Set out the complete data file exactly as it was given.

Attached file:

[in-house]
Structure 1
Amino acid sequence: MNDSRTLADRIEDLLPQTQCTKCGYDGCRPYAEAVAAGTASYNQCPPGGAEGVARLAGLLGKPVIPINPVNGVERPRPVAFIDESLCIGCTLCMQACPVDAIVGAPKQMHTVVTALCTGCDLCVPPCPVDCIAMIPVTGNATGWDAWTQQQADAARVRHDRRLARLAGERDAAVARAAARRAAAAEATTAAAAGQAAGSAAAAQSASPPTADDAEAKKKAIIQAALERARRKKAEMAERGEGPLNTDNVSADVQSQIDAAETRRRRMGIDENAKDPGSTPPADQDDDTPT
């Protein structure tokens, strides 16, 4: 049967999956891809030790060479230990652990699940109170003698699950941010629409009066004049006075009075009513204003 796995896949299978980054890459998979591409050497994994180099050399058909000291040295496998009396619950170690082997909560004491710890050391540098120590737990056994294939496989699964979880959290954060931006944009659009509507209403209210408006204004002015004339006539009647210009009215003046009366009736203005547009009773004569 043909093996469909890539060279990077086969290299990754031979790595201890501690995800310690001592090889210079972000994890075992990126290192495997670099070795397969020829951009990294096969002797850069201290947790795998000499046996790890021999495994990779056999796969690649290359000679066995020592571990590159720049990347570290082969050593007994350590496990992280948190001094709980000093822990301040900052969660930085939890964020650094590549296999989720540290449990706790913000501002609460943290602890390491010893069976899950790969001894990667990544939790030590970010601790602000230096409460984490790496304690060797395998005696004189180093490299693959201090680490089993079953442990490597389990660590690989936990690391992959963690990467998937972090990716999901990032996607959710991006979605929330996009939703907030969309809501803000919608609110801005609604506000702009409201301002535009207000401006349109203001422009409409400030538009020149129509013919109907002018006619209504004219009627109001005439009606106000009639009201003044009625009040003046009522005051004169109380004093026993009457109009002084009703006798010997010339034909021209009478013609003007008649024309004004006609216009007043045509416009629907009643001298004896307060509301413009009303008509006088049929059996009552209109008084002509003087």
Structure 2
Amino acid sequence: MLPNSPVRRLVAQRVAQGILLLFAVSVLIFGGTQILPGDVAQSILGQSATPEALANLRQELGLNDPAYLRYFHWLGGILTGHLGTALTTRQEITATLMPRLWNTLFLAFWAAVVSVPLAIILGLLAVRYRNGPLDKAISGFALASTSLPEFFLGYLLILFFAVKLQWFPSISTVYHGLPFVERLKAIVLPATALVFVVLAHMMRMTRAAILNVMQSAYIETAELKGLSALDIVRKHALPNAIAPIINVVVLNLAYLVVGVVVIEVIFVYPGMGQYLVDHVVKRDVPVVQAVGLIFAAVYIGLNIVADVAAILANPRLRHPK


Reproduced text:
[in-house]
Structure 1
Amino acid sequence: MNDSRTLADRIEDLLPQTQCTKCGYDGCRPYAEAVAAGTASYNQCPPGGAEGVARLAGLLGKPVIPINPVNGVERPRPVAFIDESLCIGCTLCMQACPVDAIVGAPKQMHTVVTALCTGCDLCVPPCPVDCIAMIPVTGNATGWDAWTQQQADAARVRHDRRLARLAGERDAAVARAAARRAAAAEATTAAAAGQAAGSAAAAQSASPPTADDAEAKKKAIIQAALERARRKKAEMAERGEGPLNTDNVSADVQSQIDAAETRRRRMGIDENAKDPGSTPPADQDDDTPT
């Protein structure tokens, strides 16, 4: 049967999956891809030790060479230990652990699940109170003698699950941010629409009066004049006075009075009513204003 796995896949299978980054890459998979591409050497994994180099050399058909000291040295496998009396619950170690082997909560004491710890050391540098120590737990056994294939496989699964979880959290954060931006944009659009509507209403209210408006204004002015004339006539009647210009009215003046009366009736203005547009009773004569 043909093996469909890539060279990077086969290299990754031979790595201890501690995800310690001592090889210079972000994890075992990126290192495997670099070795397969020829951009990294096969002797850069201290947790795998000499046996790890021999495994990779056999796969690649290359000679066995020592571990590159720049990347570290082969050593007994350590496990992280948190001094709980000093822990301040900052969660930085939890964020650094590549296999989720540290449990706790913000501002609460943290602890390491010893069976899950790969001894990667990544939790030590970010601790602000230096409460984490790496304690060797395998005696004189180093490299693959201090680490089993079953442990490597389990660590690989936990690391992959963690990467998937972090990716999901990032996607959710991006979605929330996009939703907030969309809501803000919608609110801005609604506000702009409201301002535009207000401006349109203001422009409409400030538009020149129509013919109907002018006619209504004219009627109001005439009606106000009639009201003044009625009040003046009522005051004169109380004093026993009457109009002084009703006798010997010339034909021209009478013609003007008649024309004004006609216009007043045509416009629907009643001298004896307060509301413009009303008509006088049929059996009552209109008084002509003087």
Structure 2
Amino acid sequence: MLPNSPVRRLVAQRVAQGILLLFAVSVLIFGGTQILPGDVAQSILGQSATPEALANLRQELGLNDPAYLRYFHWLGGILTGHLGTALTTRQEITATLMPRLWNTLFLAFWAAVVSVPLAIILGLLAVRYRNGPLDKAISGFALASTSLPEFFLGYLLILFFAVKLQWFPSISTVYHGLPFVERLKAIVLPATALVFVVLAHMMRMTRAAILNVMQSAYIETAELKGLSALDIVRKHALPNAIAPIINVVVLNLAYLVVGVVVIEVIFVYPGMGQYLVDHVVKRDVPVVQAVGLIFAAVYIGLNIVADVAAILANPRLRHPK